On foreign policy, Argentina’s Milei leans neoconservative, not libertarian (ELDAR MAMEDOV, NOV 22, 2023, Responsible Statecraft)
This is not an area in which he has displayed much interest or knowledge to date, but someone like Sen. Rand Paul (R-KY), a standard bearer of libertarianism in the U.S., would hardly recognize himself in the positions embraced by Milei. In fact, Milei’s foreign policy views, to the extent they exist, are far closer to neoconservative than libertarian. His views would easily find home in hawkish Washington D.C. think tanks and parts of the mainstream of both the Republican and Democratic parties.
This is not to be underestimated, as Argentina is a member of the G-20, the third largest economy in Latin America, and has recently been invited to join BRICS, a grouping that comprises China, Russia, India, Brazil and South Africa.
Milei’s foreign policy views, as expressed repeatedly during the election campaign, are starkly Manichean — they divide the world into democracies and “communist autocracies.” Counter-intuitively for a self-proclaimed champion of free trade, he promised to sever ties with two of Argentina’s main trade partners — China and Brazil (combined, both account for around 25% of the total of Argentinian exports) — on the grounds that both are ruled by “communists.” China was an object of particular scorn, with Milei dubbing the country at one point “an assassin”.
Milei is a staunch supporter of Ukraine, in contrast to a more moderate position espoused by the outgoing center-left Peronist administration which, while condemning Russia’s aggression of Ukraine, was also reluctant to sever ties with Moscow, which grew closer during the pandemic when Argentina acquired Russian vaccines, with results generally deemed acceptable.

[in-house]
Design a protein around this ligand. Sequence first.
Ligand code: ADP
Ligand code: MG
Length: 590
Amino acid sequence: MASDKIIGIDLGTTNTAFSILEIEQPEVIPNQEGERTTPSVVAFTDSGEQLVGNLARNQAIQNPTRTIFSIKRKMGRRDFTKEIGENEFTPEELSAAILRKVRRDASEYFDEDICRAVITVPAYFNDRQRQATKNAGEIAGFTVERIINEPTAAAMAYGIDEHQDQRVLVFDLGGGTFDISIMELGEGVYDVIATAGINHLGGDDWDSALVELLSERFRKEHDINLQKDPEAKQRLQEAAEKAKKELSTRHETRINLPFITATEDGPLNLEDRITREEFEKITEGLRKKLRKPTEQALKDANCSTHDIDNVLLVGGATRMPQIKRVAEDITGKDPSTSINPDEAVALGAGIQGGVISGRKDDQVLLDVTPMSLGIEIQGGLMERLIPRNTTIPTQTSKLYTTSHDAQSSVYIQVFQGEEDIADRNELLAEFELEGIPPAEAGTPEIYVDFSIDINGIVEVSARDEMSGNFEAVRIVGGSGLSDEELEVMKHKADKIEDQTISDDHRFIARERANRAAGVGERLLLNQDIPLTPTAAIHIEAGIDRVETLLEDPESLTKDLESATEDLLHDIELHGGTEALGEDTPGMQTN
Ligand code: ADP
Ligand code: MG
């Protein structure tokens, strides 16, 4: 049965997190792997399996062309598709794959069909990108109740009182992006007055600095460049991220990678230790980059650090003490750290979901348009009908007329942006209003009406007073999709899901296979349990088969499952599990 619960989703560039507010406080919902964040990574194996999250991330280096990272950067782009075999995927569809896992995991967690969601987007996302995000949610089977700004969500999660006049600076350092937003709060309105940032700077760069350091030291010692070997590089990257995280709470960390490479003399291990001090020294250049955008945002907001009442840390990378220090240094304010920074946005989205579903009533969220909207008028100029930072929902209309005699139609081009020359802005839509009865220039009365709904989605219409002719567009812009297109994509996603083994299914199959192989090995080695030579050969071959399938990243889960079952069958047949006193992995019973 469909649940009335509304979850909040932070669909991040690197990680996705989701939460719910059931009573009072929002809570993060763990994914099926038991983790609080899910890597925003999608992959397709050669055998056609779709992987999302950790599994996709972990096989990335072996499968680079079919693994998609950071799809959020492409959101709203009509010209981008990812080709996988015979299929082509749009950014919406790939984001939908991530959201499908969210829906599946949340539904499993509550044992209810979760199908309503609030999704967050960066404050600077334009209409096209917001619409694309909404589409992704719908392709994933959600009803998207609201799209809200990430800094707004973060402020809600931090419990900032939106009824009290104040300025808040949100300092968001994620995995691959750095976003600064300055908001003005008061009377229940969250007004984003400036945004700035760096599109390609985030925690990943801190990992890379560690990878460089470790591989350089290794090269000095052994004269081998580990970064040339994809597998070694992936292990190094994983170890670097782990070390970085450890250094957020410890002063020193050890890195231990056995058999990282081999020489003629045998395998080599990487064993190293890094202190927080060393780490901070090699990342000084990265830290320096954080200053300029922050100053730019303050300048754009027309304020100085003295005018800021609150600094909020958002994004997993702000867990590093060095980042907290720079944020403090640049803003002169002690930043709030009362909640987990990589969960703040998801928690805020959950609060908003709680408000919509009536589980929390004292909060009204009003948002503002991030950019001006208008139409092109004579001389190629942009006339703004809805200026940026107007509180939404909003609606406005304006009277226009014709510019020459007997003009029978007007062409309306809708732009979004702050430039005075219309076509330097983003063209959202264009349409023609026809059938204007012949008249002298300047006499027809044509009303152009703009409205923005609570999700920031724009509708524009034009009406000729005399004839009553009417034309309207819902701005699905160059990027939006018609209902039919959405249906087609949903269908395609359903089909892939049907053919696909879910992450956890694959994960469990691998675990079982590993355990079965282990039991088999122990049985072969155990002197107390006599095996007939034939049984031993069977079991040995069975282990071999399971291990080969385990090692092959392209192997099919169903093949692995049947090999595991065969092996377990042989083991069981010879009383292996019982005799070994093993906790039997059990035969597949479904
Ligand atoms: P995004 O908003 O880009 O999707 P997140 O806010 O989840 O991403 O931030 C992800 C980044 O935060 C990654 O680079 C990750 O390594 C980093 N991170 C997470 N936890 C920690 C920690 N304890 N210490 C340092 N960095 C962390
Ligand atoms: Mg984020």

Perhaps on no issue Milei’s neoconservative credentials are more on display than in his fervid embrace of Israel. While Argentina, under different governments, has generally enjoyed good relations with Israel, those were traditionally balanced by Buenos Aires’ engagement with Arab countries and, at times, even Iran. That balancing act did not prevent Argentina from declaring Hezbollah a terrorist organization for its alleged role in the notorious 1994 bombing of a Jewish community center in Buenos Aires.
Milei’s defeated opponent, Sergio Massa, promised to similarly add Palestinian Hamas to Argentina’s terrorist list if he had been elected. Milei, however, wants to go much further. He declared that his first international trips as president-elect will be to Israel and the U.S. He also promised to move Argentina’s embassy from Tel Aviv to Jerusalem. Such a one-sided reorientation would represent a major break in Argentina’s traditional foreign policy consensus.
Milei is also opposed, on ideological grounds, to Argentina joining the BRICS, despite the invitation issued by the existing members, reportedly the result of heavy lobbying by Brazil on Buenos Aires’ behalf. While the prospect of joining the group that represents more than 40% of the world’s population and 31% of global GDP (and also a destiny of some 30% of total Argentine exports) is seen as an opportunity by many Argentine businesspeople and politicians, for Milei BRICS represents little more than a dictators’ club.
It’s an ever more Unipolar World.